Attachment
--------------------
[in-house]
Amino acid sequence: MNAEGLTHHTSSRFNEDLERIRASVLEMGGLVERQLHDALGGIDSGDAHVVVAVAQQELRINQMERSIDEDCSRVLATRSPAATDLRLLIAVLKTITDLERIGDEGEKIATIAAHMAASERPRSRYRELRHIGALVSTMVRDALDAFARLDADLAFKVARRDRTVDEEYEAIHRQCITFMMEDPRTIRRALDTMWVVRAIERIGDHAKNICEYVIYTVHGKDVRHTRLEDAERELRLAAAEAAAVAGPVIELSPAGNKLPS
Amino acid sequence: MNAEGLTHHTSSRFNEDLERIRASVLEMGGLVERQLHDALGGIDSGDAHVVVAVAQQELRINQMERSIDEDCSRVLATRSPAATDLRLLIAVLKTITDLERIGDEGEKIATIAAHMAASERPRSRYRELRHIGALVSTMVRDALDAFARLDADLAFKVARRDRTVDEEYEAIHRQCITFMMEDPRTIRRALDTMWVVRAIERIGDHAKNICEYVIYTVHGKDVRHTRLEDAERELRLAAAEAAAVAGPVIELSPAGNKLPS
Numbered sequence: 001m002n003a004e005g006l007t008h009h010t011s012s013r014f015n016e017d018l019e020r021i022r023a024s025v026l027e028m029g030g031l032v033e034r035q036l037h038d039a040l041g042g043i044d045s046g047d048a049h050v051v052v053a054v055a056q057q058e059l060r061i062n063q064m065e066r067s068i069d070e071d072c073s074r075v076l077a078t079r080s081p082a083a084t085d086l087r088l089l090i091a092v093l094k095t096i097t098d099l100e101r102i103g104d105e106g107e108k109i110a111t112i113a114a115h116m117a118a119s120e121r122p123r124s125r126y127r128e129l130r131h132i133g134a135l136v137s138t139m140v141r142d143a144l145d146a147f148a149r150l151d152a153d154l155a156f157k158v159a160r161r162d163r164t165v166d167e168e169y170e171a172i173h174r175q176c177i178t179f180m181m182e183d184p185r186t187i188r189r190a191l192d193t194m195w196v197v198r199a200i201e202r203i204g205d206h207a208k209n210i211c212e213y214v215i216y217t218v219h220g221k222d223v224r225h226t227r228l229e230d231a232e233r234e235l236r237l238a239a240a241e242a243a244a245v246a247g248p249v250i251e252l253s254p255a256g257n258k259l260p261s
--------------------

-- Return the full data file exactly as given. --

[in-house]
Amino acid sequence: MNAEGLTHHTSSRFNEDLERIRASVLEMGGLVERQLHDALGGIDSGDAHVVVAVAQQELRINQMERSIDEDCSRVLATRSPAATDLRLLIAVLKTITDLERIGDEGEKIATIAAHMAASERPRSRYRELRHIGALVSTMVRDALDAFARLDADLAFKVARRDRTVDEEYEAIHRQCITFMMEDPRTIRRALDTMWVVRAIERIGDHAKNICEYVIYTVHGKDVRHTRLEDAERELRLAAAEAAAVAGPVIELSPAGNKLPS
Amino acid sequence: MNAEGLTHHTSSRFNEDLERIRASVLEMGGLVERQLHDALGGIDSGDAHVVVAVAQQELRINQMERSIDEDCSRVLATRSPAATDLRLLIAVLKTITDLERIGDEGEKIATIAAHMAASERPRSRYRELRHIGALVSTMVRDALDAFARLDADLAFKVARRDRTVDEEYEAIHRQCITFMMEDPRTIRRALDTMWVVRAIERIGDHAKNICEYVIYTVHGKDVRHTRLEDAERELRLAAAEAAAVAGPVIELSPAGNKLPS
Numbered sequence: 001m002n003a004e005g006l007t008h009h010t011s012s013r014f015n016e017d018l019e020r021i022r023a024s025v026l027e028m029g030g031l032v033e034r035q036l037h038d039a040l041g042g043i044d045s046g047d048a049h050v051v052v053a054v055a056q057q058e059l060r061i062n063q064m065e066r067s068i069d070e071d072c073s074r075v076l077a078t079r080s081p082a083a084t085d086l087r088l089l090i091a092v093l094k095t096i097t098d099l100e101r102i103g104d105e106g107e108k109i110a111t112i113a114a115h116m117a118a119s120e121r122p123r124s125r126y127r128e129l130r131h132i133g134a135l136v137s138t139m140v141r142d143a144l145d146a147f148a149r150l151d152a153d154l155a156f157k158v159a160r161r162d163r164t165v166d167e168e169y170e171a172i173h174r175q176c177i178t179f180m181m182e183d184p185r186t187i188r189r190a191l192d193t194m195w196v197v198r199a200i201e202r203i204g205d206h207a208k209n210i211c212e213y214v215i216y217t218v219h220g221k222d223v224r225h226t227r228l229e230d231a232e233r234e235l236r237l238a239a240a241e242a243a244a245v246a247g248p249v250i251e252l253s254p255a256g257n258k259l260p261s